Longtime Pacific Seafood Processors Association President Glenn Reed retiring, with no regrets
Glenn Reed is retiring after more than 20 years as president of the Pacific Seafood Processors Association, a nonprofit trade association representing seafood processing companies.
Reed’s retirement will become effective at the end of 2019, with the PSPA announcing on 22 July that Christopher Barrows, a 25-year veteran of the U.S. Coast Guard, will become the organization’s new president beginning 15 August.
"I am honored to be selected by PSPA to carry forward these important messages. I enjoyed my time in the U.S. Coast Guard patrolling the waters off Alaska and in the North Pacific Ocean as well as living in Juneau and traveling throughout Alaska to coordinate Coast Guard activities and develop lasting partnerships,” Barrows said in a press release. “I look forward to the opportunity to address future challenges facing the industry as well as to help ensure the continued sustainable management of fisheries resources."
Barrows represented the United States Coast Guard as part of the North Pacific Anadromous Fisheries Commission, the International Pacific Halibut Commission, the North Pacific Fisheries Commission, the U.S.-Russia Intergovernmental Consultative Committee on Fisheries, the U.S.-Canada Bilateral meetings on Ocean and Fisheries, the United Nations' Consultative Process on the Oceans and the Law of the Sea, and in meetings of the United Nations' Food and Agriculture Organization (FAO). Barrows has a bachelor’s degree in civil engineering from the U.S. Coast Guard Academy and a master’s degree in marine affairs from the University of Rhode Island. Once he assumes the presidency, he will be based in Seattle, Washington, U.S.A.
“The Board of Directors at PSPA is very pleased to welcome Chris to the organization. Chris possesses the necessary skillset to lead PSPA well into the future and we look forward to working with him to address the issues facing the seafood processing industry in Alaska,” PSPA Board Chairman Tom Enlow said in the release. “The PSPA Board is very grateful for Glenn’s leadership as President of PSPA for the past 20-plus years. His tireless advocacy for PSPA’s member companies, Alaska seafood processing, and the coastal communities dependent on the rich Alaskan seafood resources, will be missed. We congratulate his retirement and wish him the very best in his future endeavors.”
In an interview with SeafoodSource, Reed said he had no regrets from his tenure.
“I'm not a big fan of regrets,” he said.
Reed said he’s proud of his legacy of providing markets for fishermen, supporting communities through the creation of job opportunities as well as spurring local investment and a growing tax base, and encouraging PSPA members to form tighter bonds to the communities in which they operate.
“As a former local government manager and resident of coastal Alaska, these activities and values appeal to me,” he said. “PSPA's support of hunger relief through SeaShare and sponsorship of the Bean's Cafe Toast to the Coast event in Anchorage also illustrates these values. PSPA takes the long view and prioritizes science-based resource management such that the Alaska seafood industry can be healthy and maintained over time.”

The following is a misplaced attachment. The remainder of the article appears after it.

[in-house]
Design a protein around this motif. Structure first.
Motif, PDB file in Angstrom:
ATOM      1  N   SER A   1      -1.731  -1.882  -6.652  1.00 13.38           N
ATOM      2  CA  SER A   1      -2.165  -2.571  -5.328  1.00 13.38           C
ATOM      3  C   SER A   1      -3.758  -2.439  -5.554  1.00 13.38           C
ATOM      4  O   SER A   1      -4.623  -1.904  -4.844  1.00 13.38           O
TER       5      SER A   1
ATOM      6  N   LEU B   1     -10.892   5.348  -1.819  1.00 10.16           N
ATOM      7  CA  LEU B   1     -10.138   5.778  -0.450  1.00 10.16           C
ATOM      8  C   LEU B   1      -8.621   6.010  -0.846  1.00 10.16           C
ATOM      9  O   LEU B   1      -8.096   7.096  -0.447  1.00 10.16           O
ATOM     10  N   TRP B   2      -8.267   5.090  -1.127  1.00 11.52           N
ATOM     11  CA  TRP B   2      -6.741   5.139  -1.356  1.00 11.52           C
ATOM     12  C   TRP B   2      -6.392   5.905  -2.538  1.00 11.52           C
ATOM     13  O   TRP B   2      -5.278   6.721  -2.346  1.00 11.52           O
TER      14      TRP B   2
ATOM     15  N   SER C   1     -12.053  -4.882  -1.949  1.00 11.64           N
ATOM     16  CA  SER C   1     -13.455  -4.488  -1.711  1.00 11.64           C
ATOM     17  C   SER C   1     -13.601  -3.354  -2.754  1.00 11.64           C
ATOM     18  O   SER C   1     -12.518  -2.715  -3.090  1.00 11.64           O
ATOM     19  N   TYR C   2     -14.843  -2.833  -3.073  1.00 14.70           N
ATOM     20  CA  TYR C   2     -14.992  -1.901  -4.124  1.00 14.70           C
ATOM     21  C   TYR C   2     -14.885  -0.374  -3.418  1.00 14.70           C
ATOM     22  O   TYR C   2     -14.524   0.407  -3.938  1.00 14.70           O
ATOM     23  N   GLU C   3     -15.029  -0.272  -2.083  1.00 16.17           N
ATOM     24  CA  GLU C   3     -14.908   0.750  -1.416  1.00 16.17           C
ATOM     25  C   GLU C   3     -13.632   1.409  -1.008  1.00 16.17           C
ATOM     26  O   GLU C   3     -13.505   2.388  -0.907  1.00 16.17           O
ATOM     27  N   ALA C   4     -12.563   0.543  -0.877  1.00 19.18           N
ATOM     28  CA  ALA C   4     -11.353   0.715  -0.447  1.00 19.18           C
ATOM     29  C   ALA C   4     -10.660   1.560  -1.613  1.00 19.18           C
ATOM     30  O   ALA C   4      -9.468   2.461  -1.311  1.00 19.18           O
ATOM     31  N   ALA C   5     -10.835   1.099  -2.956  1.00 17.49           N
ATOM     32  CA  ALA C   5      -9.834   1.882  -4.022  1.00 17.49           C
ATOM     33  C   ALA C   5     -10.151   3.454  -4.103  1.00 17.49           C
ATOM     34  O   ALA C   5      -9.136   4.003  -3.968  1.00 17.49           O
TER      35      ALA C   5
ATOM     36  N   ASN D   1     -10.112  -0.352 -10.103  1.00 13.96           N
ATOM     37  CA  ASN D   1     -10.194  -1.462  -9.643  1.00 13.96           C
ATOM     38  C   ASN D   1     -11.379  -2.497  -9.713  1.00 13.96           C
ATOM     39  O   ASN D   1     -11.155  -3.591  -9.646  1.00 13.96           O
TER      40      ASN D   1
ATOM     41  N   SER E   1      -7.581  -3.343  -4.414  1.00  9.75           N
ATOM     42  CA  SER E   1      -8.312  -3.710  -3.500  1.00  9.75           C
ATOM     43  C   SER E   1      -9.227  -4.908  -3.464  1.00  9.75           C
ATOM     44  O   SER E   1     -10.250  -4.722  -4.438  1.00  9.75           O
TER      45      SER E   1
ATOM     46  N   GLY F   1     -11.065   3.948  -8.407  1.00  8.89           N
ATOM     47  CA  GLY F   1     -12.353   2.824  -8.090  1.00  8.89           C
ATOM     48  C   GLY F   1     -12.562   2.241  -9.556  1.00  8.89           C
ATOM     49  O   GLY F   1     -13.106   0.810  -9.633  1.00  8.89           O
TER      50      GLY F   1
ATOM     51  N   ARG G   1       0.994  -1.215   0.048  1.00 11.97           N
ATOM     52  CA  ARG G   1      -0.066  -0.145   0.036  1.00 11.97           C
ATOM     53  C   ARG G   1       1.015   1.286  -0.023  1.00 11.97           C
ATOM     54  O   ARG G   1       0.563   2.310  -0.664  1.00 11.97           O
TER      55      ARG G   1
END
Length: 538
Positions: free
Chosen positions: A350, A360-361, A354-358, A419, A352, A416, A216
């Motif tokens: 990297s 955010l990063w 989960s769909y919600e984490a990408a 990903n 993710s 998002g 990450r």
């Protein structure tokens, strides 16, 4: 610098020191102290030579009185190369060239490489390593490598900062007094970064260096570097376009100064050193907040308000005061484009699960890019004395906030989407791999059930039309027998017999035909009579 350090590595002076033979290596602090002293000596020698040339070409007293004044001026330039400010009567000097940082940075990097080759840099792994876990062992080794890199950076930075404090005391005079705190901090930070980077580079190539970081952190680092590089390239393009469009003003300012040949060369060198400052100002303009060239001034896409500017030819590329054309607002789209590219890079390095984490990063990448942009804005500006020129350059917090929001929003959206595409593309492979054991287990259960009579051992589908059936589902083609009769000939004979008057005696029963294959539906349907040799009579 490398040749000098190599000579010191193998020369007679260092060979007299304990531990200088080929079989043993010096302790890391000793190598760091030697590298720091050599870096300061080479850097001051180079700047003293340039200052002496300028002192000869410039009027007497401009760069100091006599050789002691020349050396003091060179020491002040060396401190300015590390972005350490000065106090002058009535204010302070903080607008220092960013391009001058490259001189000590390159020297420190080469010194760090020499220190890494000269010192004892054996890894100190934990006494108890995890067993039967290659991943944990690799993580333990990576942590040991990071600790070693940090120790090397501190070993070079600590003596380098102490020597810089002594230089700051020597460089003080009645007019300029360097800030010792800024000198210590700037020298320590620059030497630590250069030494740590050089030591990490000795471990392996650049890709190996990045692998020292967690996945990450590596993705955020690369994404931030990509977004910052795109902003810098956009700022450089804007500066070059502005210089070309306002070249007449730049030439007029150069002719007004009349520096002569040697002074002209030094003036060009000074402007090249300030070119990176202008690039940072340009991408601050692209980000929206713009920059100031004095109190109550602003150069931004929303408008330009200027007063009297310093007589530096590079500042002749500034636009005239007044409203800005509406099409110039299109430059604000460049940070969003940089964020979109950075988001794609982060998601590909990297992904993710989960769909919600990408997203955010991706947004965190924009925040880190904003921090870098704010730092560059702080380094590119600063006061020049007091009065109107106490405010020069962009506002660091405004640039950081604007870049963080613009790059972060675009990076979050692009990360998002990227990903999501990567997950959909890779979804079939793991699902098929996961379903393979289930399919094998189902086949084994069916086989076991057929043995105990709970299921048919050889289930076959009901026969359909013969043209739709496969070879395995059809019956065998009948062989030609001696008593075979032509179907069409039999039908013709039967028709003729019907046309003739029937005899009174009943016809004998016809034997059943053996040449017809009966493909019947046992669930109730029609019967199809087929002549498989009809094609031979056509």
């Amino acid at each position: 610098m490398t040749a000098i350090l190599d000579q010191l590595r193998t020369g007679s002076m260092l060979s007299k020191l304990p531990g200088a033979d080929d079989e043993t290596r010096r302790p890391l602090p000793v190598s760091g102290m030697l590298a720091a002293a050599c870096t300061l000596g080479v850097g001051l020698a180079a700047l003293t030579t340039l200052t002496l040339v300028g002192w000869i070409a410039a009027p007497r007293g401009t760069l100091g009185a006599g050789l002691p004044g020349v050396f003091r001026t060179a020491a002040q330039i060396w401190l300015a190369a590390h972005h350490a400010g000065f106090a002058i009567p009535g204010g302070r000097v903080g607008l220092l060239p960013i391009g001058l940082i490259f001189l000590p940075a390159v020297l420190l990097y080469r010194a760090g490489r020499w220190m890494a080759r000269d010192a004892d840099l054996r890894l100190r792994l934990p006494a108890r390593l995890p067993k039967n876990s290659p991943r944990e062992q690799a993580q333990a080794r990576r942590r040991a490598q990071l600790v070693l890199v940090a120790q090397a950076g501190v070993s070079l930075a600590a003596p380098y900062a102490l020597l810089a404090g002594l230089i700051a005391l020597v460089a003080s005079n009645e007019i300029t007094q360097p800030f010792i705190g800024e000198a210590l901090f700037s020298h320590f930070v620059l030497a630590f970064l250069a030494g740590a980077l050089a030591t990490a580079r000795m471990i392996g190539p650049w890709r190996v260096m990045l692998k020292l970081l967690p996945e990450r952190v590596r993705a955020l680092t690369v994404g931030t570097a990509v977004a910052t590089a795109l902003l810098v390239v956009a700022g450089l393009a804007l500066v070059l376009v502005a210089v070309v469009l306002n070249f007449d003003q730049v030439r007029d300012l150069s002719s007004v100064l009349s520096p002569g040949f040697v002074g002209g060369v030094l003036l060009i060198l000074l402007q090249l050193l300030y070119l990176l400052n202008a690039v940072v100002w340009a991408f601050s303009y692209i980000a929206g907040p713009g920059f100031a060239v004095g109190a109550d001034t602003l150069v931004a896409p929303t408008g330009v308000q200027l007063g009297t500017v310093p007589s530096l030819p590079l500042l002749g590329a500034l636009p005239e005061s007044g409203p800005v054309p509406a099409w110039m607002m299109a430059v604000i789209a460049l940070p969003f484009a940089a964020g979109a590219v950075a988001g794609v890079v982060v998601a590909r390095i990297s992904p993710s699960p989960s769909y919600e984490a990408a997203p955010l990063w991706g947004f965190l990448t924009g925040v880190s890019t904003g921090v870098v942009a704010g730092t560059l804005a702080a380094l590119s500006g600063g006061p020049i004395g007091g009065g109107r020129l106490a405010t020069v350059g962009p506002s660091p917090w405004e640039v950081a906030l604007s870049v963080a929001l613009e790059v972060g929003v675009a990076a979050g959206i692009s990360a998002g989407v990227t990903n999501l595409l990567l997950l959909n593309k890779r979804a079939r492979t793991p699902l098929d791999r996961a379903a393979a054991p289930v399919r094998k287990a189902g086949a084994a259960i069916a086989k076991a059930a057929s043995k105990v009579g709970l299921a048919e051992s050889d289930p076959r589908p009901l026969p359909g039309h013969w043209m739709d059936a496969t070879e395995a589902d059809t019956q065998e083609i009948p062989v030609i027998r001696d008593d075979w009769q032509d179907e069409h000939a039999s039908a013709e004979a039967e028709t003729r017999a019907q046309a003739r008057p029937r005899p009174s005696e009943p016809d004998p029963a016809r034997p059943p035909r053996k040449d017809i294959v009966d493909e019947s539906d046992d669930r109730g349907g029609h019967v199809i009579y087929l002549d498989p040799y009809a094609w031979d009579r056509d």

Reed said the PSPA has changed over the years, with consolidation shrinking its overall membership total while growing the organization’s size as a whole. But he said the organization has tried to be consistent in its support for “sustainable management programs that offer the best known potential to protect the long-term viability of fishery resources while competing in global commodity markets.”
“In the post-rationalization of halibut, sablefish, pollock, and crab, we are continuing to promote stable management and trade policies for the fisheries on which we are dependent, to make those fisheries more globally competitive,” he said.
Reed lists his greatest accomplishment as “being part of bringing professional staff to PSPA.”
“PSPA has consistently hired top professional people to represent our members and contribute to the Alaska seafood industry and fisheries management and policy,” he said.
Moving forward, the organization’s biggest challenge will be finding consistent sources of labor, Reed said. He also listed tariff instability, the potential wide-ranging effects of climate change, and working to ensure “meaningful participation in the international sustainability certification process” as other major challenges facing the organization and its incoming president.
And as for Barrows, Reed gave his seal of approval.
“I have met Chris and I am getting to know him,” Reed said. “I believe the organization is in good hands with Chris, the staff, and the board he will be working with.”
Photo courtesy of the Pacific Seafood Processors Association